Tuesday, March 29, 2011

SBA Loans for Commercial Real Estate Refinancing

Monday, March 28th, 2011

Agency will begin accepting refinancing applications as of Feb. 28 for 
small businesses facing maturing mortgages, balloon payments

Washington, D.C. – Small businesses facing maturity of commercial mortgages or balloon payments before Dec. 31, 2012, may be able to refinance their mortgage debt with a 504 loan from the U.S. Small Business Administration under a new, temporary program announced today. 

The new refinancing loan is structured like SBA’s traditional 504, with borrowers committing at least 10 percent equity and working with third-party lending institutions and SBA-approved Certified Development Companies in the standard 50 percent/40 percent split. A key feature of the new program is that it does not require an expansion of the business in order to qualify. 

SBA will begin accepting refinancing applications on Feb. 28. The program, authorized under the Small Business Jobs Act, will be in effect through Sept. 27, 2012.

“The economic downturn of recent years and the declining value of real estate have had a significant, negative impact on many small businesses with mortgages maturing within the next few years,” said SBA Administrator Karen Mills. “As a result, even small businesses that are performing well and making their payments on time could face foreclosure because of the difficulties they face in refinancing and restructuring their mortgage debt. This temporary program is another tool SBA can provide to help these small businesses remain viable and protect jobs.”

The SBA initially will ...

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Article from the March 2011 Issue of Texas Border Business

The Risks & Benefits of Triple-Net (NNN) Properties

by Ray Alcorn 

One of the most popular property types in commercial real estate are "triple-nets," also known as "NNN" deals. These are typically single-tenant retail properties leased to tenants with high credit ratings on "net, net, net" terms (hence the NNN acronym), meaning the tenant is responsible for real estate taxes, insurance, and all maintenance.

At first glance these deals appear to be the perfect investment. They are typically new or nearly new, have no management responsibilities, a long-term lease to a quality tenant, stable cash flow, attractive financing, and the unique tax benefits only real estate provides.

The advantages have fueled a tremendous growth in demand from investors on every level. They appeal to part-time investors looking for guaranteed income with no management responsibility, and they provide an attractive exit strategy for those with mature portfolios. As with any investment, there are many factors to consider in valuing and structuring the deal.

First, like frozen food, you "pay" for the convenience of no management duties and stable, long-term income in the form of lower returns than with a more hands-on, high-maintenance project. Prices start in the range of a 6% cap rate for the highest rated tenants, up to perhaps 8.5%–9% for lesser credit quality or those with short lease terms.

[Note: A cap rate is the percentage of return on the investment as if it were bought with all cash. The lower the cap rate, the higher the price. See this article: Deriving Your Cap Rate for more detail.]

Investors who use debt financing can produce leveraged returns in the 10% - 12% range. But as we will see, income is not the only determinant of value.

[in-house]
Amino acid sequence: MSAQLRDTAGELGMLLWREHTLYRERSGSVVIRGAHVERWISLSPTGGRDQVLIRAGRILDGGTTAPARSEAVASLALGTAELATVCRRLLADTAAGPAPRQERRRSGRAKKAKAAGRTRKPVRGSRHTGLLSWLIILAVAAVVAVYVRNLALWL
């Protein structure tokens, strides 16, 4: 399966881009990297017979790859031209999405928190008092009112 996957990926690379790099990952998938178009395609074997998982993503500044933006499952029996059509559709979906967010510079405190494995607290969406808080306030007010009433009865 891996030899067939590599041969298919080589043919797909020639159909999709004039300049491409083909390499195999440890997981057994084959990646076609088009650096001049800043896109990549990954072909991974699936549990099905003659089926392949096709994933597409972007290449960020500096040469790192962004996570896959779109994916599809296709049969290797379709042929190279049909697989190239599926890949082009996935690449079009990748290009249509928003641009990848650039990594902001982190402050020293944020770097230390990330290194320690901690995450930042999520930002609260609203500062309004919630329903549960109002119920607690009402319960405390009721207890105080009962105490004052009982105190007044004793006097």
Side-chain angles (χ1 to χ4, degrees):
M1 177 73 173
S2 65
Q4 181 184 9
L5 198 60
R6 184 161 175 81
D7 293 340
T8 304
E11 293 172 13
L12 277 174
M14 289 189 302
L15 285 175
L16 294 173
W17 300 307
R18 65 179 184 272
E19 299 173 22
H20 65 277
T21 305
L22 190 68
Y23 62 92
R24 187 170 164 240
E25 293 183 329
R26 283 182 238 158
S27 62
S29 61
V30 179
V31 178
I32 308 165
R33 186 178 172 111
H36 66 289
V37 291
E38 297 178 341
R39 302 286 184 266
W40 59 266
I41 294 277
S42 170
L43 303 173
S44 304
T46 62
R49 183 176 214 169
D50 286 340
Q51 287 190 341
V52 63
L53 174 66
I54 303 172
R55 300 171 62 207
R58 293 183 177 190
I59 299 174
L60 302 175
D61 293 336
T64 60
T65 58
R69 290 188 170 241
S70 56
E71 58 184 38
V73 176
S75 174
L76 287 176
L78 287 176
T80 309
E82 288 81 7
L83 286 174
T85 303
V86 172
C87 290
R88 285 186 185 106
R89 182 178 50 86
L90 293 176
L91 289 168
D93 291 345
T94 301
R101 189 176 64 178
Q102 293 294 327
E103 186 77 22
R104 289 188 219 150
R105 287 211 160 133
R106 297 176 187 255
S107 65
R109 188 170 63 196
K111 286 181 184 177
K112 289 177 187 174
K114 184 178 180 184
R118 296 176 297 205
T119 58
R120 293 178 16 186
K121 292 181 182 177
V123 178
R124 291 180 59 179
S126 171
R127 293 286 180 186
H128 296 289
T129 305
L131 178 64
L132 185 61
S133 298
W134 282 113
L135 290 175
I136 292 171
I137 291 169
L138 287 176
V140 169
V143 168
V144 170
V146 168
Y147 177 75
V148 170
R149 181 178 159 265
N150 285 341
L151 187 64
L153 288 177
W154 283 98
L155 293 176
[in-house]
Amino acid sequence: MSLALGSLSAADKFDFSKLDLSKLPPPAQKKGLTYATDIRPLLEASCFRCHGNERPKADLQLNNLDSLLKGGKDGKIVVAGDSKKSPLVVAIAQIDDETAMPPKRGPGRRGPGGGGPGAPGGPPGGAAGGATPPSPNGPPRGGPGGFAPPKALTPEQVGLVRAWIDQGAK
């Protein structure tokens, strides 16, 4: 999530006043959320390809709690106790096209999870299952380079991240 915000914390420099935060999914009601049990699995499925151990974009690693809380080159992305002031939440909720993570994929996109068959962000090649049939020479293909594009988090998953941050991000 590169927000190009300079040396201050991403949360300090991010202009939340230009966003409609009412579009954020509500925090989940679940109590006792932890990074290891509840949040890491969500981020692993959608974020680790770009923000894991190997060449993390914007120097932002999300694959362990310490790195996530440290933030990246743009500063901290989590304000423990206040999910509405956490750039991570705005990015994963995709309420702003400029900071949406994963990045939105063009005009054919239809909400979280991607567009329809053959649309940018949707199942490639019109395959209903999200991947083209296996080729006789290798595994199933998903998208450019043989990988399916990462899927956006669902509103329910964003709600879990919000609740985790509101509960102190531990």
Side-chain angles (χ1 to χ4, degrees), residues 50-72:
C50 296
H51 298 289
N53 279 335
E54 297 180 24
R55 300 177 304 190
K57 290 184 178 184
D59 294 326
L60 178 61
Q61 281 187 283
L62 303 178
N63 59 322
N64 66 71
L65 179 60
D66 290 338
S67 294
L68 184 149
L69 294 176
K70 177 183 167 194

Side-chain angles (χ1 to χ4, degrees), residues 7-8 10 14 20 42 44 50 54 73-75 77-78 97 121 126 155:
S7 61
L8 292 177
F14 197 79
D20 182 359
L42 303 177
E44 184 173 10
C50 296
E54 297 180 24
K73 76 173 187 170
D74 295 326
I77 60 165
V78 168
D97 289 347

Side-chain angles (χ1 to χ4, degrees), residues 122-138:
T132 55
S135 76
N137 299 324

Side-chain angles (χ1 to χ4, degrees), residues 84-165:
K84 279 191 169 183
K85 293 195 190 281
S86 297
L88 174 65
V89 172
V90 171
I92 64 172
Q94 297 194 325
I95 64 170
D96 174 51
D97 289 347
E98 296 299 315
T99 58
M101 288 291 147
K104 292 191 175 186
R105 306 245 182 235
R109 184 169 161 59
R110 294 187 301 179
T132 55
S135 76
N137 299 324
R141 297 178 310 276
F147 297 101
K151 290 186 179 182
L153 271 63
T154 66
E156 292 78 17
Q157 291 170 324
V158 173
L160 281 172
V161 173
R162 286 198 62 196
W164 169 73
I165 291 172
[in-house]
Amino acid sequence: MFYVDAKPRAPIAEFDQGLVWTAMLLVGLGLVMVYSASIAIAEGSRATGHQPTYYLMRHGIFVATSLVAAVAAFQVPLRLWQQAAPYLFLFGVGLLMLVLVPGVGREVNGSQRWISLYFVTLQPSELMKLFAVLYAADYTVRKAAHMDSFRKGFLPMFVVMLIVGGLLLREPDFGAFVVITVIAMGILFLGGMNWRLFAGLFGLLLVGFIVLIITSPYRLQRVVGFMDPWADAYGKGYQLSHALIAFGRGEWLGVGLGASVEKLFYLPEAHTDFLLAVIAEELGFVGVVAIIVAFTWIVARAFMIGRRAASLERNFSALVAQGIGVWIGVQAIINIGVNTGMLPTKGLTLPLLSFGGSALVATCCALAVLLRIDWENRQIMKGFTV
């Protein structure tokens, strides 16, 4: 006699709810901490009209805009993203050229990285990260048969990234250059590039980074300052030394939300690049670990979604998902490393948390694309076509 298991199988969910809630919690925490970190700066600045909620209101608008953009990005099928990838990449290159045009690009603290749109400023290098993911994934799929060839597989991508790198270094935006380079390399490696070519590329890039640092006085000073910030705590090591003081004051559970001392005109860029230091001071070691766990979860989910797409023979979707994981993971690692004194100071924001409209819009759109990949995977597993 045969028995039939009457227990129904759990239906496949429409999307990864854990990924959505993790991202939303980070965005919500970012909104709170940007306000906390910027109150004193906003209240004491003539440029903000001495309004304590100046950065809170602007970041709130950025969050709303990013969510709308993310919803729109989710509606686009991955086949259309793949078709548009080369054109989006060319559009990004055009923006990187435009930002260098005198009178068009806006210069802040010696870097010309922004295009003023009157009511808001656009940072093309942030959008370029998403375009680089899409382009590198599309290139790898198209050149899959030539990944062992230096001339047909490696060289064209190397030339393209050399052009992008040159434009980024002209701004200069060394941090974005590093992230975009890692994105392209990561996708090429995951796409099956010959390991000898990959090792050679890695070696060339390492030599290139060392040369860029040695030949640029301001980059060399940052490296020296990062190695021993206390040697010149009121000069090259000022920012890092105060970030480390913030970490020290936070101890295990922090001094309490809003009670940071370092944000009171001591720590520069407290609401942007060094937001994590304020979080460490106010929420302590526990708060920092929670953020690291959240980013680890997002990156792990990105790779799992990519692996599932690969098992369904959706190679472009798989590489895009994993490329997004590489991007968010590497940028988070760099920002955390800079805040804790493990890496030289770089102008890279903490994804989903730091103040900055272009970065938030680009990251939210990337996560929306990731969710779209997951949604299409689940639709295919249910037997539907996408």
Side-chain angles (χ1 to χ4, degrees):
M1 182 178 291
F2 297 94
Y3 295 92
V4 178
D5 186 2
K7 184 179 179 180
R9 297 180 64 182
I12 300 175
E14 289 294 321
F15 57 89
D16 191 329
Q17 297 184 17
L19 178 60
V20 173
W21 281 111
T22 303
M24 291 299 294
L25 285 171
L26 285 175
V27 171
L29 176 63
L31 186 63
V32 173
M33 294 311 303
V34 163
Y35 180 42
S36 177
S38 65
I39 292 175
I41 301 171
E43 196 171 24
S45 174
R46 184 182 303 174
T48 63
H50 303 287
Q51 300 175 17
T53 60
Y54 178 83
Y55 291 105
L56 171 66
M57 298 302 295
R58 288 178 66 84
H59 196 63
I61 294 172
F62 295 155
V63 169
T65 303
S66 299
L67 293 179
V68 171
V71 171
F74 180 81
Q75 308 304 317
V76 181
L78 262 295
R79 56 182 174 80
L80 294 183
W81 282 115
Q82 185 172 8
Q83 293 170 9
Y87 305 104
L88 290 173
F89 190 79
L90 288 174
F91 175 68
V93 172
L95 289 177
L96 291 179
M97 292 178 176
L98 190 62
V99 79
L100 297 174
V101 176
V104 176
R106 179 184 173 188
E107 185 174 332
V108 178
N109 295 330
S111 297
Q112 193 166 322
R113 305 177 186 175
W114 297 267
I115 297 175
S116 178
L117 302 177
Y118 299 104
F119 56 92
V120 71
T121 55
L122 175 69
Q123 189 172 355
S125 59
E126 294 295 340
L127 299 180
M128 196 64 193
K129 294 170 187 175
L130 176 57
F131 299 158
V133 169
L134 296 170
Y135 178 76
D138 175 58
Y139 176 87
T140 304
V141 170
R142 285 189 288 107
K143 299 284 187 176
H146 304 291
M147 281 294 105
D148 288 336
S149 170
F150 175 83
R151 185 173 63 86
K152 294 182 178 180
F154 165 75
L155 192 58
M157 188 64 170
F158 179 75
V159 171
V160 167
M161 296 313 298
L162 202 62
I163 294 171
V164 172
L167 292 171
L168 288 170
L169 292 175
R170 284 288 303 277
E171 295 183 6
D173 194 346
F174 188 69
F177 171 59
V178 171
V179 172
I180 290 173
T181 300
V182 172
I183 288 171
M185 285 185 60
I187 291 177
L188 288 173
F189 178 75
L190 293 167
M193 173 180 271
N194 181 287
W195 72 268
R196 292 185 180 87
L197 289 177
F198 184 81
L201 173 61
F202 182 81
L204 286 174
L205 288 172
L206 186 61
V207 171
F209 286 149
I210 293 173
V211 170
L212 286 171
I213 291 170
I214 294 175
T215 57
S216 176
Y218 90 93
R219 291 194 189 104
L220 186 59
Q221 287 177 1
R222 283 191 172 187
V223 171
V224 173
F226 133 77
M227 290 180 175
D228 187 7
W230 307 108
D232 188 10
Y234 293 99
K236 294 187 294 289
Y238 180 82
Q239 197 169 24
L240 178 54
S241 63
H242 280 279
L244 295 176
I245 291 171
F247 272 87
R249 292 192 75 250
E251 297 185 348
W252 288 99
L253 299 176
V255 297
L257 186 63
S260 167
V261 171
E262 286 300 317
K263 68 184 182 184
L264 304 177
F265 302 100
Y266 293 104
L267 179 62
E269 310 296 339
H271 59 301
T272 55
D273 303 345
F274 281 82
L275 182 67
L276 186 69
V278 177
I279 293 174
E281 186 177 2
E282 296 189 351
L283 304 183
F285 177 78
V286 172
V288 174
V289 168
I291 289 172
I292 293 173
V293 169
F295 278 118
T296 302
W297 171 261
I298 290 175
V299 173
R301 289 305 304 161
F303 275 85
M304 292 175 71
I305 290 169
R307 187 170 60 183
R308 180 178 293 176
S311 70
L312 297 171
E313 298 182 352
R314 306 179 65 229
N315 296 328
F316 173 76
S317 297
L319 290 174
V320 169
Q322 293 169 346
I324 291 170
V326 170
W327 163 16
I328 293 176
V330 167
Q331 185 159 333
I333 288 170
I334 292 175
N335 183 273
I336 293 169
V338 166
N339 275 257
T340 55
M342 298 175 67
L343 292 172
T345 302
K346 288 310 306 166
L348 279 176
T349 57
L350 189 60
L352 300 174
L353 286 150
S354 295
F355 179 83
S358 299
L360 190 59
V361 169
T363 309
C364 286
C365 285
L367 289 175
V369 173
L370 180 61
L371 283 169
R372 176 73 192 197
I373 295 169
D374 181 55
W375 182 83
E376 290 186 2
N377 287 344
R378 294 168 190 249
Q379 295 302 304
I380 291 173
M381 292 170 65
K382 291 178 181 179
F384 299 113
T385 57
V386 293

Second, and often overlooked, is the wide range of risk exposure for NNN properties, even those with investment grade credit ratings. Contrary to popular belief, these are not "risk-free" investments, and in fact require a level of understanding beyond that of more typical real estate investments.

Risk is always present
In evaluating any NNN deal, be aware that all

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McAllen MSA Ranked Top 20 Strongest Metros in 2011 by Brookings Institute

March 2011 — MetroMonitor: Tracking Economic Recession and Recovery in America’s 100 Largest Metropolitan Areas

McAllen Ranked top 20 strongest Metropolitan areas in recovery in the recession for average rank across a series of four indicators: employment change; unemployment rate change; gross metropolitan product change; and housing price index change.
As of the fourth quarter of 2010 (ending in December), the nation’s 100 largest metropolitan areas were seeing widespread and steady growth in economic output but only slow and inconsistent improvement in the labor market.  Job growth was sluggish and unemployment rates, although lower than at the end of 2009 in most large metropolitan areas, remained very high.  Housing market performance was mixed; house prices fell in nearly all large metropolitan areas, but the pace of foreclosures slowed.  As always, metropolitan economic performance varied greatly among the 100 largest metropolitan areas.
Nearly all those whose economies have suffered the least rely substantially on government (e.g., Washington and several state capitals), health care (e.g., Baltimore and Pittsburgh), education (e.g., Pittsburgh and Austin), or oil and gas (Denver). The map above shows how the 100 largest metropolitan areas rank on a combination of four economic indicators: percent job change from the peak quarter to the fourth quarter of 2010, change in the unemployment rate from December 2007 to December 2010, percent change in economic output (gross metropolitan product) from the peak quarter to the fourth quarter of 2010, and percent change in an index of house prices from the peak quarter to the fourth quarter of 2010.
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View all interactive maps, click here